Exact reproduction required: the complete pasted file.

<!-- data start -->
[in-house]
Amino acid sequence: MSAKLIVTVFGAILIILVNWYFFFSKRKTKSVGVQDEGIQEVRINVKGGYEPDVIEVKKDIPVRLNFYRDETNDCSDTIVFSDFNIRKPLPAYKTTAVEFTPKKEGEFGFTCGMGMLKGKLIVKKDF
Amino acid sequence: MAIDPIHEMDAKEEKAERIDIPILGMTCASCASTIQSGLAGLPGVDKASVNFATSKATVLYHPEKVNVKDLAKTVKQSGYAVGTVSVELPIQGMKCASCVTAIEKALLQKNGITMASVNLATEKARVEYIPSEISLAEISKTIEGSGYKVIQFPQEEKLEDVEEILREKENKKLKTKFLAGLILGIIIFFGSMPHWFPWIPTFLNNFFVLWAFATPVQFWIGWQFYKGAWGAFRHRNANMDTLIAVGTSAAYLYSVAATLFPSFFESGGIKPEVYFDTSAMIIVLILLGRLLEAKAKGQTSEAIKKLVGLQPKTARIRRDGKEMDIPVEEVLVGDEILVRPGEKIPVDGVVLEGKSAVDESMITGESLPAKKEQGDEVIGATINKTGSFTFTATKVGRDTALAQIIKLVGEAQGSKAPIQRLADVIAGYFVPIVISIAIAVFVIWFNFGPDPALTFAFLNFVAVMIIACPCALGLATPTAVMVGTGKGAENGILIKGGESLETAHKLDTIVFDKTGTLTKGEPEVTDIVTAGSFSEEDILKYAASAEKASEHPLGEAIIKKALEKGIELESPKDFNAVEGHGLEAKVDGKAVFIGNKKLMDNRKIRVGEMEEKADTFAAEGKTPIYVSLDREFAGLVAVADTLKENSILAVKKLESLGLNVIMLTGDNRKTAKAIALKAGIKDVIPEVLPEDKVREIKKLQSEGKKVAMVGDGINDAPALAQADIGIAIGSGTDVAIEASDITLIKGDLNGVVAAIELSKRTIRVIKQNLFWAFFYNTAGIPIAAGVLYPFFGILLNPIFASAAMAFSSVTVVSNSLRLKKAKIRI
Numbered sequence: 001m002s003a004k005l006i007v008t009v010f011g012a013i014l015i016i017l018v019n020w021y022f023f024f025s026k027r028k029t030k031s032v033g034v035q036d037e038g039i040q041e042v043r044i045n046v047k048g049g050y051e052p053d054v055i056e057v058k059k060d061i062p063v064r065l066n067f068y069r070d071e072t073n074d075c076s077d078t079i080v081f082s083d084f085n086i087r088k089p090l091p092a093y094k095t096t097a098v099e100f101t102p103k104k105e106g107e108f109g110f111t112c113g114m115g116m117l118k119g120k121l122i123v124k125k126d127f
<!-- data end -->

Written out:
[in-house]
Amino acid sequence: MSAKLIVTVFGAILIILVNWYFFFSKRKTKSVGVQDEGIQEVRINVKGGYEPDVIEVKKDIPVRLNFYRDETNDCSDTIVFSDFNIRKPLPAYKTTAVEFTPKKEGEFGFTCGMGMLKGKLIVKKDF
Amino acid sequence: MAIDPIHEMDAKEEKAERIDIPILGMTCASCASTIQSGLAGLPGVDKASVNFATSKATVLYHPEKVNVKDLAKTVKQSGYAVGTVSVELPIQGMKCASCVTAIEKALLQKNGITMASVNLATEKARVEYIPSEISLAEISKTIEGSGYKVIQFPQEEKLEDVEEILREKENKKLKTKFLAGLILGIIIFFGSMPHWFPWIPTFLNNFFVLWAFATPVQFWIGWQFYKGAWGAFRHRNANMDTLIAVGTSAAYLYSVAATLFPSFFESGGIKPEVYFDTSAMIIVLILLGRLLEAKAKGQTSEAIKKLVGLQPKTARIRRDGKEMDIPVEEVLVGDEILVRPGEKIPVDGVVLEGKSAVDESMITGESLPAKKEQGDEVIGATINKTGSFTFTATKVGRDTALAQIIKLVGEAQGSKAPIQRLADVIAGYFVPIVISIAIAVFVIWFNFGPDPALTFAFLNFVAVMIIACPCALGLATPTAVMVGTGKGAENGILIKGGESLETAHKLDTIVFDKTGTLTKGEPEVTDIVTAGSFSEEDILKYAASAEKASEHPLGEAIIKKALEKGIELESPKDFNAVEGHGLEAKVDGKAVFIGNKKLMDNRKIRVGEMEEKADTFAAEGKTPIYVSLDREFAGLVAVADTLKENSILAVKKLESLGLNVIMLTGDNRKTAKAIALKAGIKDVIPEVLPEDKVREIKKLQSEGKKVAMVGDGINDAPALAQADIGIAIGSGTDVAIEASDITLIKGDLNGVVAAIELSKRTIRVIKQNLFWAFFYNTAGIPIAAGVLYPFFGILLNPIFASAAMAFSSVTVVSNSLRLKKAKIRI
Numbered sequence: 001m002s003a004k005l006i007v008t009v010f011g012a013i014l015i016i017l018v019n020w021y022f023f024f025s026k027r028k029t030k031s032v033g034v035q036d037e038g039i040q041e042v043r044i045n046v047k048g049g050y051e052p053d054v055i056e057v058k059k060d061i062p063v064r065l066n067f068y069r070d071e072t073n074d075c076s077d078t079i080v081f082s083d084f085n086i087r088k089p090l091p092a093y094k095t096t097a098v099e100f101t102p103k104k105e106g107e108f109g110f111t112c113g114m115g116m117l118k119g120k121l122i123v124k125k126d127f